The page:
3) God doesn't just curse Adam and Eve, but also curses their descendents. This is known as a crime of blood, a crime where the punishment applies not only to the offender but to the offender's family. It would be as if you were thrown into jail for, say, committing, say, robbery, and your ten-year-old son were thrown in jail with you as well, and your twenty-year-old daughter, and HER five-month-old baby, none of whom had committed any crime. Or if historians uncovered that your great-great-great-great grandfather was actually John Wilkes Booth, and so you and every member of your family descended from him was hung for assassinating Lincoln. How in the world is this a just punishment?

4) Finally, and this is where it really gets confusing, the descendents of Adam and Eve are also punished unequally. Women still have to deal with thorns when gardening, and men still don't suffer from labor pains. At this point, we've lost even the fig leaf of justification for punishing Eve worse than Adam. Why are women cursed worse then men? Is it because women are descended from Eve... and men aren't? How in the world does this make any sense at all?
Your post is a very concise appraisal except in (4) you end with what in (2) you had appeared to imply you would "leave it aside".

I would like to answer all of it. The curses you describe are not God's desire to fall upon mankind. They are the foreseen consequences of distrusting God which preceded and accomplished the act of eating of the knowledge of good and evil. The reason the curses are visited upon all of mankind for generations is so that the lesson to be learned is experienced by mankind as a whole. That is why the term "Adam" in scripture refers to all of humanity as is seen in the New Testament.

It may seem unfair to us, but the same thing that occurred to Adam would eventually occur to all of mankind in some form or another. That is that at some point in time every person would fall victim to a vanity that wonders at God's integrity in His intentions towards His creation and the Holiness of His Character. In the end however, because this is all expected according to God's wisdom and foreknowledge, it is just. This is seen by God paying the price for man's sin through the image of His self, seen as the Christ, so that all men can be gathered up through mercy. In short, God knew we could not help but take Him for granted.
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11-12-2013, 12:12 PM
RE: Can a believer explain the justice of the original sins curses?
One need go no further than the title of the thread. The answer is no, they cannot.

Everything they base their morality on starts from the naked assertion that a fictional invisible magic sky hero did it. So anything that follows as a "formula" will be just as shitty because the input is crap too.

Bad logic.

Naked assertion<=made up formula<=desired outcome

Good logic.

Established prior data=established tested formula=projected outcome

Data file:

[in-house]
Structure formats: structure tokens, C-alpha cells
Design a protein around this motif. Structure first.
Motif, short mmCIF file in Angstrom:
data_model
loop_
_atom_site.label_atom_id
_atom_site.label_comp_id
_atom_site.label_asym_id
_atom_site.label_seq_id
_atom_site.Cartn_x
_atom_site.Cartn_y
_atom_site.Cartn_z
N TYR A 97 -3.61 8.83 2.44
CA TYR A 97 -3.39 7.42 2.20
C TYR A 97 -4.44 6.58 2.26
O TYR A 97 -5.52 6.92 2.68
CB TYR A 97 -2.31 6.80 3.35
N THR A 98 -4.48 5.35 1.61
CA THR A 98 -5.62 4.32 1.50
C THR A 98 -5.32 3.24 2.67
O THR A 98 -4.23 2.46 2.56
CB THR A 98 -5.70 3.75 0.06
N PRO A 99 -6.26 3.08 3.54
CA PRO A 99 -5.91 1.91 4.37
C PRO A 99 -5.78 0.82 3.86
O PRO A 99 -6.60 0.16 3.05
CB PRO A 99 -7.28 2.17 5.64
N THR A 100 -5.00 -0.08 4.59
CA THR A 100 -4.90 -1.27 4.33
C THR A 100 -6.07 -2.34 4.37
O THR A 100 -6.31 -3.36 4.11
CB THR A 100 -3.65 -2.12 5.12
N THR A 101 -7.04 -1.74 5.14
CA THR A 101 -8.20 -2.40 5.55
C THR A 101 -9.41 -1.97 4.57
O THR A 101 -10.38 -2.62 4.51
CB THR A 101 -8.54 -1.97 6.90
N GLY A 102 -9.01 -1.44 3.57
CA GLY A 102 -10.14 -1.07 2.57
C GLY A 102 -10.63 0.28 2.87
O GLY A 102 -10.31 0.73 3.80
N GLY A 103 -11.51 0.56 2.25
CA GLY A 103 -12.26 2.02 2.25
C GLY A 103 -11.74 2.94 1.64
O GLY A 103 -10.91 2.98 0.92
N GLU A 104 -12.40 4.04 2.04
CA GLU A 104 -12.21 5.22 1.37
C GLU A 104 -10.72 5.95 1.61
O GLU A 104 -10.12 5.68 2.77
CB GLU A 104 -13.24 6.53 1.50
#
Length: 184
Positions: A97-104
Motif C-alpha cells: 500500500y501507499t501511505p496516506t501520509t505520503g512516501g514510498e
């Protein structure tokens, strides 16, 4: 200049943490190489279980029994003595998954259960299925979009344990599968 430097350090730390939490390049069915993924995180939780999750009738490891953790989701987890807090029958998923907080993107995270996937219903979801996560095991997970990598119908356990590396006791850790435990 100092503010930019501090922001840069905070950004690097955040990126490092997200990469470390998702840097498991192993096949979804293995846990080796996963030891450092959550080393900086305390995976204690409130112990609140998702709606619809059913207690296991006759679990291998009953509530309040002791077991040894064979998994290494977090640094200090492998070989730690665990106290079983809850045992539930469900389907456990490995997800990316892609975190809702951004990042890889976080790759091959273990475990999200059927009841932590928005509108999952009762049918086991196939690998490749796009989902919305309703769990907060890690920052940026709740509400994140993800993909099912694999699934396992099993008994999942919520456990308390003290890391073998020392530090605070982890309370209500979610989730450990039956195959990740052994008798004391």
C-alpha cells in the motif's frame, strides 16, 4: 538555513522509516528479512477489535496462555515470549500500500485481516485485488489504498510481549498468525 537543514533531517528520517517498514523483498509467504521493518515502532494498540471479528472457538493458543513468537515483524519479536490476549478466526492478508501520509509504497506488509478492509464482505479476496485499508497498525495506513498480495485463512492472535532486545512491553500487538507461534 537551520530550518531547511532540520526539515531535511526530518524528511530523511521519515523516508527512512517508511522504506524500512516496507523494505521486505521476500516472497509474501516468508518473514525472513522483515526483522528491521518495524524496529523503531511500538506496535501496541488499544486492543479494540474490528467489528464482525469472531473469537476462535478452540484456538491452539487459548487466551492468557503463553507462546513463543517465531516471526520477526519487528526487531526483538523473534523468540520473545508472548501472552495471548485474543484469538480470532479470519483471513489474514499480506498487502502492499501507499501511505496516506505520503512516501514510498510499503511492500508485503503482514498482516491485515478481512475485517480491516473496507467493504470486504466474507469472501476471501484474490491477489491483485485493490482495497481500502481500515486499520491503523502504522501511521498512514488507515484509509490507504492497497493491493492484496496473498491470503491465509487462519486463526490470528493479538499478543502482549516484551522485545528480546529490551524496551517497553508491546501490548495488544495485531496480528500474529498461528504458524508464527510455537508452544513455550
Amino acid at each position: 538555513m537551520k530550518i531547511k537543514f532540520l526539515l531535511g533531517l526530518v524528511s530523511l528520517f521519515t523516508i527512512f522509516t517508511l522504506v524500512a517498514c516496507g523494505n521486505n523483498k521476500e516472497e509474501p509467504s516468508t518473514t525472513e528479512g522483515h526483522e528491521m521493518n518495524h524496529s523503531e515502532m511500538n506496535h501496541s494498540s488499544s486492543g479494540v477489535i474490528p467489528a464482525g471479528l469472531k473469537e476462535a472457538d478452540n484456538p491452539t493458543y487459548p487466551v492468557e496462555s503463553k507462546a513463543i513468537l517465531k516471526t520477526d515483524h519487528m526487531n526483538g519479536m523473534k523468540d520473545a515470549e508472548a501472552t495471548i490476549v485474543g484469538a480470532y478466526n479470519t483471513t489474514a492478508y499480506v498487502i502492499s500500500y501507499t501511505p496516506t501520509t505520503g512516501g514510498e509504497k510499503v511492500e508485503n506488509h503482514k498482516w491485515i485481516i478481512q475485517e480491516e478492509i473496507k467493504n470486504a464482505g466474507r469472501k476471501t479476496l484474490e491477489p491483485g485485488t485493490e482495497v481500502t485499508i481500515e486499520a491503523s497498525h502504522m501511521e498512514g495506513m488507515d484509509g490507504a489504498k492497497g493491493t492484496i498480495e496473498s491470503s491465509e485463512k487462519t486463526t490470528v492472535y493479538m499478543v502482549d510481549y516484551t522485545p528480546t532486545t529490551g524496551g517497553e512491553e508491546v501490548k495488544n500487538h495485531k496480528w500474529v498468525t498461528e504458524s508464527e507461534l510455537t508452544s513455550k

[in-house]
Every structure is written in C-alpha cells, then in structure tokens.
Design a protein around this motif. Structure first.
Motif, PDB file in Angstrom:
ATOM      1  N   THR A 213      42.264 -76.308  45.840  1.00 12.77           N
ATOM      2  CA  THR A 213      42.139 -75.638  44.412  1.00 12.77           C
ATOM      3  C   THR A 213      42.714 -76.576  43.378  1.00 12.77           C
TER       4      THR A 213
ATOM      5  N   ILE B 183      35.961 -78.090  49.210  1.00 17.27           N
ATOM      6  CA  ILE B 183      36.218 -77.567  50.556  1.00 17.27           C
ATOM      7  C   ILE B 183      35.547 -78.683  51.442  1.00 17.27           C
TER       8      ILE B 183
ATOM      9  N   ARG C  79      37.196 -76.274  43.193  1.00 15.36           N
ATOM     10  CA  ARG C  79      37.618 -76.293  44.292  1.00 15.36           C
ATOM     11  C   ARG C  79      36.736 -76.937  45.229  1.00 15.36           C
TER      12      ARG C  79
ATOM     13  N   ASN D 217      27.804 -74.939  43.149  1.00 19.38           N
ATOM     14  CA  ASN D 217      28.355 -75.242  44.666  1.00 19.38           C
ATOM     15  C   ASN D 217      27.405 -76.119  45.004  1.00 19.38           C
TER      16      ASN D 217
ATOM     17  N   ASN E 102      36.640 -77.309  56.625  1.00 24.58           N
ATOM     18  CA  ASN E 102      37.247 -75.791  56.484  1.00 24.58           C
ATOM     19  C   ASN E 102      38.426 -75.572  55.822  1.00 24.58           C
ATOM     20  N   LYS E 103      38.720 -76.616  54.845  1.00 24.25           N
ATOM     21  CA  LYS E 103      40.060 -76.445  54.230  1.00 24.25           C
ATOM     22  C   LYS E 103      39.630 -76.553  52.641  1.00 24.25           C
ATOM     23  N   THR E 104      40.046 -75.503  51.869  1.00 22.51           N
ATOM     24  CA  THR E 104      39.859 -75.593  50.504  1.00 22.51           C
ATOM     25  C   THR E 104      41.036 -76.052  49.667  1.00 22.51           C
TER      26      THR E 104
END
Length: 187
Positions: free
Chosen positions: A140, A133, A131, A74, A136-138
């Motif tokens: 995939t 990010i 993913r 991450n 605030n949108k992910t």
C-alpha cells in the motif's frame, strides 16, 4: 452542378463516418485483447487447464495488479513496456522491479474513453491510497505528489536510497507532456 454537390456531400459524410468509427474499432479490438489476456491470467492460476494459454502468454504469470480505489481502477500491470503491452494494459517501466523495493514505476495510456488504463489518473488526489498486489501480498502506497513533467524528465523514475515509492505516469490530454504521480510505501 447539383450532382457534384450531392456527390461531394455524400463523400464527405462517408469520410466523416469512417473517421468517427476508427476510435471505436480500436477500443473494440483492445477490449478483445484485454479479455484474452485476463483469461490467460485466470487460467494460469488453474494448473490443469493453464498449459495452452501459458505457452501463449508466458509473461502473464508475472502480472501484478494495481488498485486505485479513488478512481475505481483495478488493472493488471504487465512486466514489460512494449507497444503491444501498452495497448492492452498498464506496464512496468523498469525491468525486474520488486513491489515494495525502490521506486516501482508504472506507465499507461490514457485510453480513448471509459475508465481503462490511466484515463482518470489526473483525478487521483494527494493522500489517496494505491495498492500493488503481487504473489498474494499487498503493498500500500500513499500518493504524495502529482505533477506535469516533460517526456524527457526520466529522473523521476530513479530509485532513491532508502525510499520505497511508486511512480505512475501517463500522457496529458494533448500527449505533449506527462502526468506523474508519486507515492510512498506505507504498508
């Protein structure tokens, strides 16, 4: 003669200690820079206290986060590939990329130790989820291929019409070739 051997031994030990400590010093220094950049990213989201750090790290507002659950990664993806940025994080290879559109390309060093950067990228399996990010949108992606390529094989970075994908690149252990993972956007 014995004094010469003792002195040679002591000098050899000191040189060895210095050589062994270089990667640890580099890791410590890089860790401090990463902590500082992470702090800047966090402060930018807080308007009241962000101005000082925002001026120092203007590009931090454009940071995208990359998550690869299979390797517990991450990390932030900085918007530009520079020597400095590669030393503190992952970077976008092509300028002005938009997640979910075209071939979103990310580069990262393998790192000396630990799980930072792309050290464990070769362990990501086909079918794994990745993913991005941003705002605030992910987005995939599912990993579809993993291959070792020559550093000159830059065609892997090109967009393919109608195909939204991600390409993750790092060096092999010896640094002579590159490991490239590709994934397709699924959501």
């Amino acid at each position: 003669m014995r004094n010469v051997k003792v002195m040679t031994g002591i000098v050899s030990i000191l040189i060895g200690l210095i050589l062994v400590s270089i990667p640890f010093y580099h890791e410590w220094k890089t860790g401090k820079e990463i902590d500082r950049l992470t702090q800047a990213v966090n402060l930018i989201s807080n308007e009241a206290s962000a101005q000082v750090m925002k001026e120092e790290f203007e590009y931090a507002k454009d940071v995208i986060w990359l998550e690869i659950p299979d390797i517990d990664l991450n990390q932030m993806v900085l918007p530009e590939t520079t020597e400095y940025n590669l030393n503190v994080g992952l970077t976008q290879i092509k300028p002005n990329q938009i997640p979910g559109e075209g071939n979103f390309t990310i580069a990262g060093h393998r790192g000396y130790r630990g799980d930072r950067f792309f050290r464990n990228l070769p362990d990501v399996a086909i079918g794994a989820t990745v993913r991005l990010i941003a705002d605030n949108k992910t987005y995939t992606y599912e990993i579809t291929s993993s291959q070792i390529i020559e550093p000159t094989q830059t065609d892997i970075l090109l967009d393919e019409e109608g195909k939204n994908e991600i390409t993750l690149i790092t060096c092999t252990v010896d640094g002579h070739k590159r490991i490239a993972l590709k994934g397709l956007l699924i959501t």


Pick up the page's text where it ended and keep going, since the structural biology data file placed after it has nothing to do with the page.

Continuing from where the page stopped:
"sin" is a word rooted in superstition and has absolutely nothing to do with human morality which is rooted in our common and REAL evolution.

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11-12-2013, 12:40 PM
RE: Can a believer explain the justice of the original sins curses?
(11-12-2013 11:38 AM)childeye Wrote:  
(10-12-2013 07:00 PM)Reltzik Wrote:  For any believers out there. First off, I don't believe for an instant that the Adam-and-Eve story actually happened. That said, if it were to have happened, it seems incredibly unjust, especially the curses placed upon Adam and Eve and their descendents. Can someone explain how all of this is just?

Let me go over the points that strike me as unjust in the first place.

1) This is an old atheist standby. God put what was essentially schmuckbait in front of two people so ignorant of good and evil that they can only be described as schmucks, and then is angry when the schmucks take the schmuckbait. And maybe God planned on the schmucks taking the schmuckbait and then punishing the schmucks for doing exactly what God planned on the schmucks doing all along. I've got issues with this, but let's leave it aside. Dead horse.

2) God, who is supposedly infinitely just, curses them for it. (God also curses the serpent, but meh.) God curses Eve with labor pains (bad) and... well, it varies from translation to translation, but either sexual desire for Adam (that's a curse?) or slavery to Adam, and God curses Adam with ground that's hard to farm and thorny weeds. It's easy to see that these curses are unequally applied, because Eve also suffers from Adam's curse, but Adam doesn't suffer from Eve's. It's not like she wouldn't have trouble with hard soil and thorns if she herself tried farming, nor is it as if Adam will ever suffer from labor pains. Now, I utterly reject the idea that justice is all about punishment and nothing more. But I can see how someone caught up in that mentality might call this justice. And I can kinda wrap my mind around the idea (even if I ultimately reject it) that Eve was the principle offender and thus deserves to be punished worse. But I'll leave it aside, too, because that's not what's really bugging me.